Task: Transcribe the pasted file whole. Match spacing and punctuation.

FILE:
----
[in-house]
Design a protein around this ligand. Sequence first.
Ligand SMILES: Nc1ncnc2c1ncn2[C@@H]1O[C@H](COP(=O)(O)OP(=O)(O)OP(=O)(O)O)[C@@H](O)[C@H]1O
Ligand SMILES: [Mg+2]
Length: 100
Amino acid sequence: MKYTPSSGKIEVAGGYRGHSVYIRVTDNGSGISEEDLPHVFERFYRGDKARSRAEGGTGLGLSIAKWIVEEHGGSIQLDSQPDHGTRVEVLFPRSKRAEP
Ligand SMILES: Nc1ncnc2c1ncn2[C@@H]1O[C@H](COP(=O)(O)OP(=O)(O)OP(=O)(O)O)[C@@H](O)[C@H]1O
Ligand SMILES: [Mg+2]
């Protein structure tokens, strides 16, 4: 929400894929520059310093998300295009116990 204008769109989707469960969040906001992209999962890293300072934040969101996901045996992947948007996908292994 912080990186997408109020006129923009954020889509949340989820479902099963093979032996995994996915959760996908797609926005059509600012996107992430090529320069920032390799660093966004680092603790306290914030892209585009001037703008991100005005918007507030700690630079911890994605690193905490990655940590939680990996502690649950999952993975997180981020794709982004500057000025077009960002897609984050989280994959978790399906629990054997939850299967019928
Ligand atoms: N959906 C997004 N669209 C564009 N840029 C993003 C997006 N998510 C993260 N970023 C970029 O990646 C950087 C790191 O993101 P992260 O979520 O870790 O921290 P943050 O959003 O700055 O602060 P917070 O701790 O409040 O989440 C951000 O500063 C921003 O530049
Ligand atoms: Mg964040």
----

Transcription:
[in-house]
Design a protein around this ligand. Sequence first.
Ligand SMILES: Nc1ncnc2c1ncn2[C@@H]1O[C@H](COP(=O)(O)OP(=O)(O)OP(=O)(O)O)[C@@H](O)[C@H]1O
Ligand SMILES: [Mg+2]
Length: 100
Amino acid sequence: MKYTPSSGKIEVAGGYRGHSVYIRVTDNGSGISEEDLPHVFERFYRGDKARSRAEGGTGLGLSIAKWIVEEHGGSIQLDSQPDHGTRVEVLFPRSKRAEP
Ligand SMILES: Nc1ncnc2c1ncn2[C@@H]1O[C@H](COP(=O)(O)OP(=O)(O)OP(=O)(O)O)[C@@H](O)[C@H]1O
Ligand SMILES: [Mg+2]
């Protein structure tokens, strides 16, 4: 929400894929520059310093998300295009116990 204008769109989707469960969040906001992209999962890293300072934040969101996901045996992947948007996908292994 912080990186997408109020006129923009954020889509949340989820479902099963093979032996995994996915959760996908797609926005059509600012996107992430090529320069920032390799660093966004680092603790306290914030892209585009001037703008991100005005918007507030700690630079911890994605690193905490990655940590939680990996502690649950999952993975997180981020794709982004500057000025077009960002897609984050989280994959978790399906629990054997939850299967019928
Ligand atoms: N959906 C997004 N669209 C564009 N840029 C993003 C997006 N998510 C993260 N970023 C970029 O990646 C950087 C790191 O993101 P992260 O979520 O870790 O921290 P943050 O959003 O700055 O602060 P917070 O701790 O409040 O989440 C951000 O500063 C921003 O530049
Ligand atoms: Mg964040």